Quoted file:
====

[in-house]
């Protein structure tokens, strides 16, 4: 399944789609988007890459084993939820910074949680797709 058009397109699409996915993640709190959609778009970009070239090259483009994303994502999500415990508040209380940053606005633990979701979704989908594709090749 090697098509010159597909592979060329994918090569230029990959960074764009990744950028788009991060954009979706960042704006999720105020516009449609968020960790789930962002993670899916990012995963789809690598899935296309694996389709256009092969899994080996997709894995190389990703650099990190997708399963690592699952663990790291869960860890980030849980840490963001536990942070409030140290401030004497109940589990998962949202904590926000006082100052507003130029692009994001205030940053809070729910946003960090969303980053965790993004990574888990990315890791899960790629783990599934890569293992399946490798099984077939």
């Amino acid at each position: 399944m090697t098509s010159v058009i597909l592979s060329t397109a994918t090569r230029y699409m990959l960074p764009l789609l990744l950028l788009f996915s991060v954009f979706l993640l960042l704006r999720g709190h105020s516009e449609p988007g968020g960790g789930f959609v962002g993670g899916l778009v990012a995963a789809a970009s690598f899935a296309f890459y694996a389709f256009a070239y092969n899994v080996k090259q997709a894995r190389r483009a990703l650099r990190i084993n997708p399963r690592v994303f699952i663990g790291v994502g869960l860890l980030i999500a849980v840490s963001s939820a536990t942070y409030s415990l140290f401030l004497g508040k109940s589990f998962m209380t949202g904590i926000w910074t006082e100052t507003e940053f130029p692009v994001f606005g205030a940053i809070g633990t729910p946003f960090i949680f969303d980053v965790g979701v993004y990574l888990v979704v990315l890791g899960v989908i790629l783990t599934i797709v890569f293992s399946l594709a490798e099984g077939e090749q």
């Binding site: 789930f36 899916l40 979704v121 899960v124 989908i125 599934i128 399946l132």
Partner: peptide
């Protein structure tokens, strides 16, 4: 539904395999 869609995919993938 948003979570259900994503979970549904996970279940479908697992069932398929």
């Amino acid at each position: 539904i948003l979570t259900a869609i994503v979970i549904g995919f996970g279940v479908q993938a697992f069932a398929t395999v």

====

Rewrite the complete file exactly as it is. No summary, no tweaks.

[in-house]
């Protein structure tokens, strides 16, 4: 399944789609988007890459084993939820910074949680797709 058009397109699409996915993640709190959609778009970009070239090259483009994303994502999500415990508040209380940053606005633990979701979704989908594709090749 090697098509010159597909592979060329994918090569230029990959960074764009990744950028788009991060954009979706960042704006999720105020516009449609968020960790789930962002993670899916990012995963789809690598899935296309694996389709256009092969899994080996997709894995190389990703650099990190997708399963690592699952663990790291869960860890980030849980840490963001536990942070409030140290401030004497109940589990998962949202904590926000006082100052507003130029692009994001205030940053809070729910946003960090969303980053965790993004990574888990990315890791899960790629783990599934890569293992399946490798099984077939």
């Amino acid at each position: 399944m090697t098509s010159v058009i597909l592979s060329t397109a994918t090569r230029y699409m990959l960074p764009l789609l990744l950028l788009f996915s991060v954009f979706l993640l960042l704006r999720g709190h105020s516009e449609p988007g968020g960790g789930f959609v962002g993670g899916l778009v990012a995963a789809a970009s690598f899935a296309f890459y694996a389709f256009a070239y092969n899994v080996k090259q997709a894995r190389r483009a990703l650099r990190i084993n997708p399963r690592v994303f699952i663990g790291v994502g869960l860890l980030i999500a849980v840490s963001s939820a536990t942070y409030s415990l140290f401030l004497g508040k109940s589990f998962m209380t949202g904590i926000w910074t006082e100052t507003e940053f130029p692009v994001f606005g205030a940053i809070g633990t729910p946003f960090i949680f969303d980053v965790g979701v993004y990574l888990v979704v990315l890791g899960v989908i790629l783990t599934i797709v890569f293992s399946l594709a490798e099984g077939e090749q």
């Binding site: 789930f36 899916l40 979704v121 899960v124 989908i125 599934i128 399946l132």
Partner: peptide
């Protein structure tokens, strides 16, 4: 539904395999 869609995919993938 948003979570259900994503979970549904996970279940479908697992069932398929």
């Amino acid at each position: 539904i948003l979570t259900a869609i994503v979970i549904g995919f996970g279940v479908q993938a697992f069932a398929t395999v």